In November, several dozen political prisoners from the Muslim Brotherhood were released after spending more than 20 years in prison. The release was characterized by Amnesty International as “an important step towards respect for human rights in Syria”. Nearly all the released had been held in solitary confinement during their prison time, subjected to torture and ill-treatment.

In April 2002, a Syrian radar station in Lebanon was attacked by Israeli aircraft following a partisan attack by Hezbollah. It sparked fears of a military escalation, but Israeli aggression remained unanswered on the Syrian side.

In May, North American Deputy Foreign Minister John Bolton included Syria on the axis of evil. He also accused Damascus of trying to procure weapons of mass destruction. In April 2003, a month after the start of the US war on Iraq, the United States threatened Syria with economic and diplomatic sanctions, accusing the country of hosting Iraqi refugees. The Syrian government rejected US accusations.

  • Shopareview: Offers climate information of Syria in Spring, Summer, Autumn, and Winter, covering maximum and minimum temperature for each of 12 months. Also includes when is best time to visit this country.


Car bombs and minefields harvest victims

November 24

Nearly 30 people lose their lives when explosives detonate in separate incidents in three places near the Turkish border. In Ain Isa, 21 members are killed by a Turkish-backed militia as they cross a minefield laid out by Kurdish-led forces, according to SOHR. In Afrin and near al-Bab, car bombs detonate. Both sites are controlled by Turkey and have been subjected to acts in the past (see 28 April 2020 and 6 October 2020). In some cases, it is believed to be jihadists affiliated with the Islamic State (IS) who remain in the area and carry out attacks.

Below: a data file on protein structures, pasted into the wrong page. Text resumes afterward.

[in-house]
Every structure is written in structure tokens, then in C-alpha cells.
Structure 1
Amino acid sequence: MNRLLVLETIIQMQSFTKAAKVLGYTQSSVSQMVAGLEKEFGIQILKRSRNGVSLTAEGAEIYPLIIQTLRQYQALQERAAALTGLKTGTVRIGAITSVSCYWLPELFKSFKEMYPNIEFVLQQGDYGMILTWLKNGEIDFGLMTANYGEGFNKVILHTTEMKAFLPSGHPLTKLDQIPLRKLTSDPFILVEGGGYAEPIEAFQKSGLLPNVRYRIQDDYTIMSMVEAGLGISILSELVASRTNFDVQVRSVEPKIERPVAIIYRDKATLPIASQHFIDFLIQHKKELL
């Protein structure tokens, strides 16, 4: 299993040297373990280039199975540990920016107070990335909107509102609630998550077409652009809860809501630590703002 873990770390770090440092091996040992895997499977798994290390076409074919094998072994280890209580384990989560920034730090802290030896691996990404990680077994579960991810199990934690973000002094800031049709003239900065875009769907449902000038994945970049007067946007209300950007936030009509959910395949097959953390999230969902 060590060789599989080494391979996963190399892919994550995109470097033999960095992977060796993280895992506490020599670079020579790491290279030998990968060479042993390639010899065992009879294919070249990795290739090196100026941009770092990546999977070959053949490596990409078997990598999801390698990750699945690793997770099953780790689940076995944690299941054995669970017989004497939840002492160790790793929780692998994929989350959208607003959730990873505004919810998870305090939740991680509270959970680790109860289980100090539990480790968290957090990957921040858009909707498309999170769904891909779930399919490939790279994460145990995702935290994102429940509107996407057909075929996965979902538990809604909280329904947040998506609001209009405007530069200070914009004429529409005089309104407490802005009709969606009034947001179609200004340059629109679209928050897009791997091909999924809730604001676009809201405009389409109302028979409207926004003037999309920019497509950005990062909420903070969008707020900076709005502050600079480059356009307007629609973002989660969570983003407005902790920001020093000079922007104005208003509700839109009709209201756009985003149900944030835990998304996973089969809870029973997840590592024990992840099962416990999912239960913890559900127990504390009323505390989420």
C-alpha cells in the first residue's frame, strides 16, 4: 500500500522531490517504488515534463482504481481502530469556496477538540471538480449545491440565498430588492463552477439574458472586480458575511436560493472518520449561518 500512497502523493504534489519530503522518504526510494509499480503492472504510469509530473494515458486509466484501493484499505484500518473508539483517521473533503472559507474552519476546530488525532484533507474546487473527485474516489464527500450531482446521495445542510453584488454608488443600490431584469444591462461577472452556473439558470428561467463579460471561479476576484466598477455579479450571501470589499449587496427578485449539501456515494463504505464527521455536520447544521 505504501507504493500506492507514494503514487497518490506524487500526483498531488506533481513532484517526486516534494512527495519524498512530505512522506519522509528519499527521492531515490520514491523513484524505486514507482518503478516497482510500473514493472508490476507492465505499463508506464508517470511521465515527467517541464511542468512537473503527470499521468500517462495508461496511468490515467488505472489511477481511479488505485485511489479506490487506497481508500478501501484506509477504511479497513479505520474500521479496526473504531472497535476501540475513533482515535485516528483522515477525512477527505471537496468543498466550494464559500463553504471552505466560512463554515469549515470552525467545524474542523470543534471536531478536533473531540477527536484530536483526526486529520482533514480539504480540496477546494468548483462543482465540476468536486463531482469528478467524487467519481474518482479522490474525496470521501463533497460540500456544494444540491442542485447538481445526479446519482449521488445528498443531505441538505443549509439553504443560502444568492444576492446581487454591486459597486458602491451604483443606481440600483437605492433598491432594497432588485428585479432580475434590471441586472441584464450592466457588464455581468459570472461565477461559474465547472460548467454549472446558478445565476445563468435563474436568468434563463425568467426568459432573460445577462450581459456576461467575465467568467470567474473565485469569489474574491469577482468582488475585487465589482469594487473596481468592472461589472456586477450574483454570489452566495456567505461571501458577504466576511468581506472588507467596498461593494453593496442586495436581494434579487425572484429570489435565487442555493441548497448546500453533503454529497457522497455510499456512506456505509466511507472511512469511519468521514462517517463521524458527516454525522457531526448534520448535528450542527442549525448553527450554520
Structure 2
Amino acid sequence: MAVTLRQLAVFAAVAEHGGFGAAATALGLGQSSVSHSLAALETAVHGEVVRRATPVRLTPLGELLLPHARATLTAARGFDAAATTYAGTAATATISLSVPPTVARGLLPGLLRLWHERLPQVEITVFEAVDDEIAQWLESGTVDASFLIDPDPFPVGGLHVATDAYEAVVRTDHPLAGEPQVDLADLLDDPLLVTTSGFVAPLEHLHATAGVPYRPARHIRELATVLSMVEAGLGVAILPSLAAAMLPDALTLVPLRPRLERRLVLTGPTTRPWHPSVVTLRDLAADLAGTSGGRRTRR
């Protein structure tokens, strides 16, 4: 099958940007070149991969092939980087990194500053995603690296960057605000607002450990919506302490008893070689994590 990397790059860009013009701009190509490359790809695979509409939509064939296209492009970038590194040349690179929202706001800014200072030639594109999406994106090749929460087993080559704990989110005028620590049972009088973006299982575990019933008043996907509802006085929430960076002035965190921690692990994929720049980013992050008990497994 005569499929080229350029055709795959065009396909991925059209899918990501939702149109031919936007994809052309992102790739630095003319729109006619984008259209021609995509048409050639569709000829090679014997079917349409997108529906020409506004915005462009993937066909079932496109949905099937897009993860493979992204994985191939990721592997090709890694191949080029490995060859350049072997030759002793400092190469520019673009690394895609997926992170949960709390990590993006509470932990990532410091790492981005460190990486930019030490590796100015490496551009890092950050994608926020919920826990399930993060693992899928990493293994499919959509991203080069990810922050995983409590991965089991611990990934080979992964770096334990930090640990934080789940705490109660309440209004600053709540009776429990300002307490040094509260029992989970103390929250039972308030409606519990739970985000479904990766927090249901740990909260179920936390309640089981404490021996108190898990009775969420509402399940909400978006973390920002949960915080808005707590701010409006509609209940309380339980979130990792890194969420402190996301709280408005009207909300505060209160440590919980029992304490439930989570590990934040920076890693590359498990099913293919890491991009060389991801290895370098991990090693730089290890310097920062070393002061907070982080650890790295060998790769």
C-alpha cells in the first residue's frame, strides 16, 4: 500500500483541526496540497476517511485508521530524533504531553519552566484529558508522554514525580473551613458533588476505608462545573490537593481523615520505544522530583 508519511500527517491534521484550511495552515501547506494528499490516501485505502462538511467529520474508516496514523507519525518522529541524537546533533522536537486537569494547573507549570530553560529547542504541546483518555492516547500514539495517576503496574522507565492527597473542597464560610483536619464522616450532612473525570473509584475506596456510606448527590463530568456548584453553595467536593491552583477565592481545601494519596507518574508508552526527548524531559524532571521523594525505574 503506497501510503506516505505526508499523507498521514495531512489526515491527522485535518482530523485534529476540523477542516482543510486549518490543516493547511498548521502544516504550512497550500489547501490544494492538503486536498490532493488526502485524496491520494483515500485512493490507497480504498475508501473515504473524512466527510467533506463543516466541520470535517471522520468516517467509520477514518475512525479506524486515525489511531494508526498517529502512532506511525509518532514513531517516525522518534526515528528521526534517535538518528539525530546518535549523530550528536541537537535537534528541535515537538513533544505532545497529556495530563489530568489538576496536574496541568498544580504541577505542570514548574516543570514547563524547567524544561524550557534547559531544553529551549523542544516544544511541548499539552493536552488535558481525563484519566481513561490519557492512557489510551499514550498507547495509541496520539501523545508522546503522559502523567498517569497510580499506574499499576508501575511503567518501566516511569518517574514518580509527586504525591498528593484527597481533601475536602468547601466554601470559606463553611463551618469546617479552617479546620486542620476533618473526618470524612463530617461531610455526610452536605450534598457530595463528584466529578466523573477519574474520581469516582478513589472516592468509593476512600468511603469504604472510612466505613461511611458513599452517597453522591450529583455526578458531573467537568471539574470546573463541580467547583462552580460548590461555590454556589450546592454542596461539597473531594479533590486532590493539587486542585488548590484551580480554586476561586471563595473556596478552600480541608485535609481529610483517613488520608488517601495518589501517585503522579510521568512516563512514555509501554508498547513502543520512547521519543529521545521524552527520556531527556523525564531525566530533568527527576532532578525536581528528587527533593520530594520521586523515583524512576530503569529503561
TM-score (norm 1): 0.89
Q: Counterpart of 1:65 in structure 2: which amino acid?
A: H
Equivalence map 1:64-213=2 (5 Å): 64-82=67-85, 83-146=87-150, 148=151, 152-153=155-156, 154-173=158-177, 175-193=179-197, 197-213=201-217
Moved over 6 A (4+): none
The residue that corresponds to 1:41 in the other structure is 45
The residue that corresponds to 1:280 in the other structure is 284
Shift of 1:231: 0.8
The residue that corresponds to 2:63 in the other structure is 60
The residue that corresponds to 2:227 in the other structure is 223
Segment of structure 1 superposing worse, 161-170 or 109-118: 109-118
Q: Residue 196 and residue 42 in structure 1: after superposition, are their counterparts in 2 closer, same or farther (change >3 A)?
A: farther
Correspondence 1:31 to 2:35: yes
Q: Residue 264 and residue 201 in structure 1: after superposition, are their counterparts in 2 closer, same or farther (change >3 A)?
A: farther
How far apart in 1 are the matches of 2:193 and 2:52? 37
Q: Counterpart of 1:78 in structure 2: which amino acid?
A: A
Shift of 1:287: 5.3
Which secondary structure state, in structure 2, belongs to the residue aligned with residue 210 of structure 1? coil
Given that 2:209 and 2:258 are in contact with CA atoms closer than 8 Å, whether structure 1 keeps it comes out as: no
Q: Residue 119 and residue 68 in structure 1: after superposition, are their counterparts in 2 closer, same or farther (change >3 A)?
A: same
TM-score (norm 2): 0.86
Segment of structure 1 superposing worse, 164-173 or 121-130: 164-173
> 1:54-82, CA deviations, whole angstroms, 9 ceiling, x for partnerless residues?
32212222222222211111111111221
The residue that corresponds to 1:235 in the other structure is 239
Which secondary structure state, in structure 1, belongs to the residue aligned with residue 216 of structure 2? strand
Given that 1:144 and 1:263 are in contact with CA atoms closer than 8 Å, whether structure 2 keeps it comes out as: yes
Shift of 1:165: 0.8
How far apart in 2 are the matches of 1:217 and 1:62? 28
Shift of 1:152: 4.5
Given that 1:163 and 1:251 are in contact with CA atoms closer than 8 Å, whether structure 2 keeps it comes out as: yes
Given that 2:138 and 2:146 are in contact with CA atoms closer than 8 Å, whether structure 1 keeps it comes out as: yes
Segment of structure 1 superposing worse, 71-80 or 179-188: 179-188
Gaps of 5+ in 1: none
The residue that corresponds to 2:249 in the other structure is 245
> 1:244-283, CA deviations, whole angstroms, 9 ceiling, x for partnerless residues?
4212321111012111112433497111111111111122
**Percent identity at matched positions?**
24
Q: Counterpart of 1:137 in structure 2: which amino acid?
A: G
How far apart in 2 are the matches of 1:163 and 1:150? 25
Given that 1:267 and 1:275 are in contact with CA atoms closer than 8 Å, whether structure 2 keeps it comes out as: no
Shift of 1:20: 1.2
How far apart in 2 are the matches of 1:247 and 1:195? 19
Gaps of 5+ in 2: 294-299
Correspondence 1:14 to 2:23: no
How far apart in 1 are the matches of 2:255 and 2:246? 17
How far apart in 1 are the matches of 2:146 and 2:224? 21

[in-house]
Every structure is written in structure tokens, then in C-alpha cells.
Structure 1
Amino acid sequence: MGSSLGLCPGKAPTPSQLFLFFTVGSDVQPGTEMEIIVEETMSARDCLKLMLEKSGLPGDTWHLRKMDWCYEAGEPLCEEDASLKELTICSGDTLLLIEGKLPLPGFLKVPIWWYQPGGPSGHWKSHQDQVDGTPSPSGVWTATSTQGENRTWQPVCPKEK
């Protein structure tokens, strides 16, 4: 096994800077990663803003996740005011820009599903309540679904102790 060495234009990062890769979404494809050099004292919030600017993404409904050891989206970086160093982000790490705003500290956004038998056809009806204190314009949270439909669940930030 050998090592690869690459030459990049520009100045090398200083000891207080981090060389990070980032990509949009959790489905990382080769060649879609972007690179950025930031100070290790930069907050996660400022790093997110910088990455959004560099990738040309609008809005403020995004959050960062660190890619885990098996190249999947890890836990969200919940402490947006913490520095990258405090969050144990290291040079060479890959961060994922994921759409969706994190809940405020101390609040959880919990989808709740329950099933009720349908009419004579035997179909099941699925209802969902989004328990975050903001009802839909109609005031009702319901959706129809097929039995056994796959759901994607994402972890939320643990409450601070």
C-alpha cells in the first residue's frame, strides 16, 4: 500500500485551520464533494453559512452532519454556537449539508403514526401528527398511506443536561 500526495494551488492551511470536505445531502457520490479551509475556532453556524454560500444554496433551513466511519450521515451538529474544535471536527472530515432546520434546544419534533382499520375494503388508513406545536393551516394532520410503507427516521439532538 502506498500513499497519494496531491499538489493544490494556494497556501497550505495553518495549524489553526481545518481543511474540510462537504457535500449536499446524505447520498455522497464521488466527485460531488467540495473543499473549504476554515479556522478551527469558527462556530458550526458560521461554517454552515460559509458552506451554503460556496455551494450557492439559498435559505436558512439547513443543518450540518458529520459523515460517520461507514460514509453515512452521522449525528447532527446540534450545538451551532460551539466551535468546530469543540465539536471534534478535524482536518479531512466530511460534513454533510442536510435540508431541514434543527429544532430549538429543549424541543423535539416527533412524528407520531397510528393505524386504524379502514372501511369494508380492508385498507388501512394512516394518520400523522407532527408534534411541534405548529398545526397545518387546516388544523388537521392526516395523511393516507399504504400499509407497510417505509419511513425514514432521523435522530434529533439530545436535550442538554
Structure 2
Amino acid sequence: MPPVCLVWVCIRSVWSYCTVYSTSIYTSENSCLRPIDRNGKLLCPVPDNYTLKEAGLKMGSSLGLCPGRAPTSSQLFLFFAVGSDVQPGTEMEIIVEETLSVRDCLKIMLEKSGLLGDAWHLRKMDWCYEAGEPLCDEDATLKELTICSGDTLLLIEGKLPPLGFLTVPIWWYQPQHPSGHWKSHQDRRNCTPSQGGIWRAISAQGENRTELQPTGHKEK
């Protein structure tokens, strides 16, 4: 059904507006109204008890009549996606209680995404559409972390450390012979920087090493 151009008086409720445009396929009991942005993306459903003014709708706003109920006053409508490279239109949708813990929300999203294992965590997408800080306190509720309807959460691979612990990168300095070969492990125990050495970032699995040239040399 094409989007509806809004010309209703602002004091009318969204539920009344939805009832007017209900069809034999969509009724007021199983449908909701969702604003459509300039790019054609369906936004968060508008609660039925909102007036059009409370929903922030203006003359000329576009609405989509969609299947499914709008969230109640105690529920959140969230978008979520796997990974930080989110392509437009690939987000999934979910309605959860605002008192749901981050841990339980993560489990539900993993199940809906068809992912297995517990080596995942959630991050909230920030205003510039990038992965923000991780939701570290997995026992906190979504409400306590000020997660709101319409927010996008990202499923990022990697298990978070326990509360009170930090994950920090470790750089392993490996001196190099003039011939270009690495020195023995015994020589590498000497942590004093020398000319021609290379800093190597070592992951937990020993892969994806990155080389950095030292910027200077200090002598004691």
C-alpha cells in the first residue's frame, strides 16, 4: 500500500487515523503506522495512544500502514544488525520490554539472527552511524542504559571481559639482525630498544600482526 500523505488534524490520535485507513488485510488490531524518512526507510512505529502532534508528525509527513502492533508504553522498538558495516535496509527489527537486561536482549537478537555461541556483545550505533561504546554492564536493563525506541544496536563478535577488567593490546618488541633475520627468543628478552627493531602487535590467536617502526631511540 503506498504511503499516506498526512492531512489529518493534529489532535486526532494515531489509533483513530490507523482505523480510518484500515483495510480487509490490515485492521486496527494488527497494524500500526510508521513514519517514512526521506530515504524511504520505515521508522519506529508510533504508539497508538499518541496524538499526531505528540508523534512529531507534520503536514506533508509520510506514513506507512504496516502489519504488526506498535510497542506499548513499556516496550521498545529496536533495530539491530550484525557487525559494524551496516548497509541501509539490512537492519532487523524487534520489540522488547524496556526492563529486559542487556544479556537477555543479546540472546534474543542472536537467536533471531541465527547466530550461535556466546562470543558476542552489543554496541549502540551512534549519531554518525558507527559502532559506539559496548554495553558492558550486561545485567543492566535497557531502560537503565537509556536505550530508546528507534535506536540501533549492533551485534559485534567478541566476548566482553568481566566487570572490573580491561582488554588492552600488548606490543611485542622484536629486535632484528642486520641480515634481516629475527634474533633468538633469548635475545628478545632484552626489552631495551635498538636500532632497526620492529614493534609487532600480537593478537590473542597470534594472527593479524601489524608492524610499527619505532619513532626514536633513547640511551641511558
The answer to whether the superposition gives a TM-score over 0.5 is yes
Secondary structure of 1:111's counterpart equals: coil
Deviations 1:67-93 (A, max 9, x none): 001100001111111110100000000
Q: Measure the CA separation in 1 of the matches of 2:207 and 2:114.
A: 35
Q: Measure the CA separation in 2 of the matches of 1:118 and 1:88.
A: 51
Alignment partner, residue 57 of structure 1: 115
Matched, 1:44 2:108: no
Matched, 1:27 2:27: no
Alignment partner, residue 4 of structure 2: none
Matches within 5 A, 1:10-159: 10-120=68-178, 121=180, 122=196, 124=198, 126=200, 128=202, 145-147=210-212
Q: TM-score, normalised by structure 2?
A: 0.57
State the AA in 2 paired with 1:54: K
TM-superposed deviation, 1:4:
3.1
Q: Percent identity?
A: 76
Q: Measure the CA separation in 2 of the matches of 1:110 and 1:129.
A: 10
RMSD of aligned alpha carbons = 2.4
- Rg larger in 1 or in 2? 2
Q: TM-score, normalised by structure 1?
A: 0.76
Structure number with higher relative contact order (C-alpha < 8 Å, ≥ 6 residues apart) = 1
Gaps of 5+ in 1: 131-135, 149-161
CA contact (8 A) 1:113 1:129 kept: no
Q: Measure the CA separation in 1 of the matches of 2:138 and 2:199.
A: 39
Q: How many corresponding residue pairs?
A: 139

Air strike against pro-Iranian militia

November 21st

Iranian-backed militia in easternmost Syria, near the border with Iraq, is under attack. According to SOHR, it is probably Israeli fighter jets that attack ten of the militia’s positions in the area. 14 militiamen lose their lives, eight of whom are said to be Iraqis and six Afghans. The pro-Iranian militia is reported to be moving near the border, in places formerly held by Islamic State (IS) jihadists before the Sunni extremist movement was driven from its strongholds. During the following week, air strikes will take place against more targets on the eastern border and on the outskirts of Damascus. Israel is also singled out for these attacks, which in total require at least 30 lives.

Iranians among deaths in Israeli attacks

November 18

The Israeli army states that Iranian and Syrian positions in Syria have been attacked and that this was in response to explosives being found near the Israeli military on the Golan Heights. About ten deaths are reported by SOHR, of which five are Iranian. The Golan is Syrian land that Israel has occupied since 1967, Israelis have also moved into the area since the occupation began. Israel repeatedly attacks military targets in Syria, especially those linked to Iran’s involvement in the Syrian civil war, but the Israeli military rarely confirms or comments on the operation. In this case, Israel accuses Iran of having persuaded Syrians to place the explosives on the Golan.

Families may leave dreaded camps

16 November

More than 500 people, Syrian citizens, many of them affiliated with suspected members of the Islamic State (IS), are allowed to leave the dreaded al-Hol camp. According to the Kurdish camp commander, 515 people from 120 families are returning to their home areas in the province of Dayr al-Zawr (Deir Ezzor) on the border with Iraq. About 6,000 Syrians have been allowed to leave the camp following settlements with Syrian clans (see October 15). Of the foreign nationals left in the camp, most are Iraqis. The Kurdish rulers in the area have lamented the reluctance of both Iraq and other countries to receive their own citizens.

Foreign Minister Bashar al-Assad dies

16 November

Foreign Minister Walid al-Muallim, who is also Deputy Prime Minister, has died. He has been a confidant of President Bashar al-Assad and has held ministerial posts through several government reshuffles. He was a Sunni Muslim and a member of the ruling Ba’ath party, became a minister after a long diplomatic career and in recent years attracted attention for sharp anti-Western statements. Ever since the Arab Spring broke out in 2011, he has been subject to US sanctions. Deputy Minister Faisal al-Miqdad will take over as the new Foreign Minister a few days after his death.